In the drawings, like numbers designate like elements. Additionally, the text includes directional signals that are taken relative to the drawings (such as right, left, top, and bottom). Those directional signals are meant to aid the understanding of the present invention, not to limit it.
While the principles of the present invention are subsequently described in connection with a preferred embodiment electrophotographic printing machine, it should be understood that it those principles are not limited to that embodiment. On the contrary, the principles of the present invention are intended to cover all alternatives, modifications and equivalents that may be included within the spirit and scope of the invention defined by the appended claims.
Reference is now made to FIG. 1, which schematically depicts various elements of an illustrative printing machine 8 that incorporates the present invention. That printing machine employs a belt 10 having a photoconductive surface 12 that is deposited on a conductive substrate 14. By way of example, the photoconductive surface 12 may be a selenium alloy while the conductive substrate 14 may be an aluminum alloy. The belt 10 moves in the direction of arrow 16 so as to advance successive portions of photoconductive surface 12 through the various processing stations that are disposed about the belt. As shown, the belt is entrained about rollers 18, 20, 22, and 24. The roller 24 is coupled to a motor 26 that drives the roller 24 so as to move the belt 10 at a constant velocity in the direction of the arrow 16.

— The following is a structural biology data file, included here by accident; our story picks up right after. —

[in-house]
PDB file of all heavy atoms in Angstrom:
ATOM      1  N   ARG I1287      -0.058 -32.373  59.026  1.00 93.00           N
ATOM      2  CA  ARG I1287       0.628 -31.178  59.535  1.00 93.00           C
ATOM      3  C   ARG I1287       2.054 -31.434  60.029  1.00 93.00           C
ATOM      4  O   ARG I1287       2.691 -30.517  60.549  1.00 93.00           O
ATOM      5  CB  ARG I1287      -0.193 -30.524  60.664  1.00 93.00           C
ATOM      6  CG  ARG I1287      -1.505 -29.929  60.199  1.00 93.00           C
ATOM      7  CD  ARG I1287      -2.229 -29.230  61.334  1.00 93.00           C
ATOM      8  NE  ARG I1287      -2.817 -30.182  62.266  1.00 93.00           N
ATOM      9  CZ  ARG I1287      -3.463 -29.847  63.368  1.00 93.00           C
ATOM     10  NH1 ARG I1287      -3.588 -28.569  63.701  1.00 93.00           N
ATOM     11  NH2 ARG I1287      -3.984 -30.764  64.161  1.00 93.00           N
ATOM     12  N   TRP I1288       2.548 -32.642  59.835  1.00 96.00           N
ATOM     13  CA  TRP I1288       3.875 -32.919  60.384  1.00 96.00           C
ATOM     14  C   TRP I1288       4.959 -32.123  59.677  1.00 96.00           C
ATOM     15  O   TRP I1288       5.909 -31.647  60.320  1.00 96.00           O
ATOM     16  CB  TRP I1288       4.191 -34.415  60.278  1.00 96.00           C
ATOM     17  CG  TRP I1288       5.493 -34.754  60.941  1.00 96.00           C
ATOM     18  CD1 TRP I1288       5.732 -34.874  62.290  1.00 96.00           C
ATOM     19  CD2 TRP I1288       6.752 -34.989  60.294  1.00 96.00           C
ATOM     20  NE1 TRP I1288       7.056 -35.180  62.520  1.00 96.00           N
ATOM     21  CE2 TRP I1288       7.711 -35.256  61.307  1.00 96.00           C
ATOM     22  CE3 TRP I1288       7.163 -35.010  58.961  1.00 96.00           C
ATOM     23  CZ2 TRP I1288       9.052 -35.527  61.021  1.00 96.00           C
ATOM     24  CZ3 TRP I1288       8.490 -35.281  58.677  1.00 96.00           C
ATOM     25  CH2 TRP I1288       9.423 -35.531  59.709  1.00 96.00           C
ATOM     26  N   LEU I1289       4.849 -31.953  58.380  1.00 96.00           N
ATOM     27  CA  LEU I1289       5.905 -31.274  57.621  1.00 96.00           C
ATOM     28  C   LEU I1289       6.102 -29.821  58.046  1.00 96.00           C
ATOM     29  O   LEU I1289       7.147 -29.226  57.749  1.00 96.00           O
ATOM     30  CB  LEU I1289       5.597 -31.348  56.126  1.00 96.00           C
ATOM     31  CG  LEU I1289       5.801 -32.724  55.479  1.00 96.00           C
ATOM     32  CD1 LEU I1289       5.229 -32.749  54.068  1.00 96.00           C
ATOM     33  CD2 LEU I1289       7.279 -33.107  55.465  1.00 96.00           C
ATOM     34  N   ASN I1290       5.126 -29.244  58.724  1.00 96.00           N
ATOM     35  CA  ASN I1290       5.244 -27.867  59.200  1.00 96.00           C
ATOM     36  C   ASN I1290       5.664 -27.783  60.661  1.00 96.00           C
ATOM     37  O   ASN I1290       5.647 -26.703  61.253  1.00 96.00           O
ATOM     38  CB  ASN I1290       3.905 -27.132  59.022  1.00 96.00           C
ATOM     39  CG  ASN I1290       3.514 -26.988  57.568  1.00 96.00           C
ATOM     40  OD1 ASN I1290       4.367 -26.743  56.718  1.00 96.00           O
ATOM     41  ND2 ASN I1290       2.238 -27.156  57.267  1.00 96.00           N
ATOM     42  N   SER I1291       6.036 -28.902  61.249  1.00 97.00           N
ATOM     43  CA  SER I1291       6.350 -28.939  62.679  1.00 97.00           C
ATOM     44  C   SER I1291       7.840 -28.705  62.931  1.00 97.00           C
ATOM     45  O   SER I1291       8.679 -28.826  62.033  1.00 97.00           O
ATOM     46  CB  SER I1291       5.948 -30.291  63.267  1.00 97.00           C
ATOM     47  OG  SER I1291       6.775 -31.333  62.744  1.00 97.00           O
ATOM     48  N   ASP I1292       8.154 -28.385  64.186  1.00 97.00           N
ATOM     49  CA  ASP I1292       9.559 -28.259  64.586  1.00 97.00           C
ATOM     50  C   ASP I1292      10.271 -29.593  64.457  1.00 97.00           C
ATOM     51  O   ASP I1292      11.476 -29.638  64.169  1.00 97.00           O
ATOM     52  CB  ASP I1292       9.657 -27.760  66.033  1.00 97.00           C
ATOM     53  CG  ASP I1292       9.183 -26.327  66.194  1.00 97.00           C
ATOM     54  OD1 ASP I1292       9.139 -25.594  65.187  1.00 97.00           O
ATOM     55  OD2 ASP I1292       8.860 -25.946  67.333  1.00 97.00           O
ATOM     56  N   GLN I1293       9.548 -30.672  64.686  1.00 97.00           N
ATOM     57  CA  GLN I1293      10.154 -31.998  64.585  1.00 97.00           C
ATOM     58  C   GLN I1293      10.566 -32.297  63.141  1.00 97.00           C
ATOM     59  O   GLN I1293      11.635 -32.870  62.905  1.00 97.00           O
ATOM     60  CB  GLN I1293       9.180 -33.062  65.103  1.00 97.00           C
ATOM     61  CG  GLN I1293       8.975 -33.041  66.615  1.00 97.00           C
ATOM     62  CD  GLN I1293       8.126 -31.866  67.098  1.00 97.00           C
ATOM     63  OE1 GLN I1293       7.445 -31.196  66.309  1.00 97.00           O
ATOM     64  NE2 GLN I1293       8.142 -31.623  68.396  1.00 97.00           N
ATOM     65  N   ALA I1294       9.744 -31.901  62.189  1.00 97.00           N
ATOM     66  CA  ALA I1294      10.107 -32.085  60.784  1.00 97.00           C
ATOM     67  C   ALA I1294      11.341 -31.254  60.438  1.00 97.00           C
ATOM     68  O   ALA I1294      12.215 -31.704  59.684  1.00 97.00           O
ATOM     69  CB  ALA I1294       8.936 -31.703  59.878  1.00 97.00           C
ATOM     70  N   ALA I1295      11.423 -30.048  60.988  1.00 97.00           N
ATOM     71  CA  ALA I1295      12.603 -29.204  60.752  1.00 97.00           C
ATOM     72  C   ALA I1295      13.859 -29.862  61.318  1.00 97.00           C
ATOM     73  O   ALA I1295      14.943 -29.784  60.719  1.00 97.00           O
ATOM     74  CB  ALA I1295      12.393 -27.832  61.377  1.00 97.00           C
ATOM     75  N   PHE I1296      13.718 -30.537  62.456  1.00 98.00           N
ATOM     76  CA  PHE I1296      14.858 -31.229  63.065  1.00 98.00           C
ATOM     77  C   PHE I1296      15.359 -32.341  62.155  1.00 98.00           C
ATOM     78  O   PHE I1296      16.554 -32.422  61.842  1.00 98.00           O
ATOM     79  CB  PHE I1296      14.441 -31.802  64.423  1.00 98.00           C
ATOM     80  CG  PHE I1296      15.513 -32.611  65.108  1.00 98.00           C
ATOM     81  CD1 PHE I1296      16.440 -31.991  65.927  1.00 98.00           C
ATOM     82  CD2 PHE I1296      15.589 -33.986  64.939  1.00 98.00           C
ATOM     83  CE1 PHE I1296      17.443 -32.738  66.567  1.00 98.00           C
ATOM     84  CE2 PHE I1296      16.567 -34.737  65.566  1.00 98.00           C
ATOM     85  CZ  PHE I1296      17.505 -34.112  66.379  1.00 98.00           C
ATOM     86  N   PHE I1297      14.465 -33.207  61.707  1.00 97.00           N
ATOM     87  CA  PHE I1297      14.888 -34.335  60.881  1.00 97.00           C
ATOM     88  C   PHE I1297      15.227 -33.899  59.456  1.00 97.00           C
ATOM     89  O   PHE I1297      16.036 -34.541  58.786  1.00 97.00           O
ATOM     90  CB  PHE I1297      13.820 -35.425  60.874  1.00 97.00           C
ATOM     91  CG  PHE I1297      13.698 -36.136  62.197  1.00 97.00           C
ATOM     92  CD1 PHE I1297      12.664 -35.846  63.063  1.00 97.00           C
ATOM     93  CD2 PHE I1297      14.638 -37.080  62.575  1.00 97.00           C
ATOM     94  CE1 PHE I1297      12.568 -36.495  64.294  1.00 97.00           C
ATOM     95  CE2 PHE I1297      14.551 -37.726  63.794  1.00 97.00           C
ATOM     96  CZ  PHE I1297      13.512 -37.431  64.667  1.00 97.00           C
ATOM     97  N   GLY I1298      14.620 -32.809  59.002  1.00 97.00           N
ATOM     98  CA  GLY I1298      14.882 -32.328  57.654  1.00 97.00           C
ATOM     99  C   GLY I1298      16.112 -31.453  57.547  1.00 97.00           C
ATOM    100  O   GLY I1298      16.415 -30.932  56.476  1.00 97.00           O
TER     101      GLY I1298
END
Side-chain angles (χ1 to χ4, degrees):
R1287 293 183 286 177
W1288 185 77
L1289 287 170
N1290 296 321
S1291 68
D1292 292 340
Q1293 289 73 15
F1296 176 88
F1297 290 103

For convenience, a single section of the photoconductive surface 12, that section being referred to as the image area, is identified. The image area is that part of the photoconductive surface that is operated on by the various processing stations to produce toner layers. While the photoconductive surface may have numerous image areas, since each image area is processed in the same way a description of the processing of one image area suffices to explain the operation of the printing machine 8.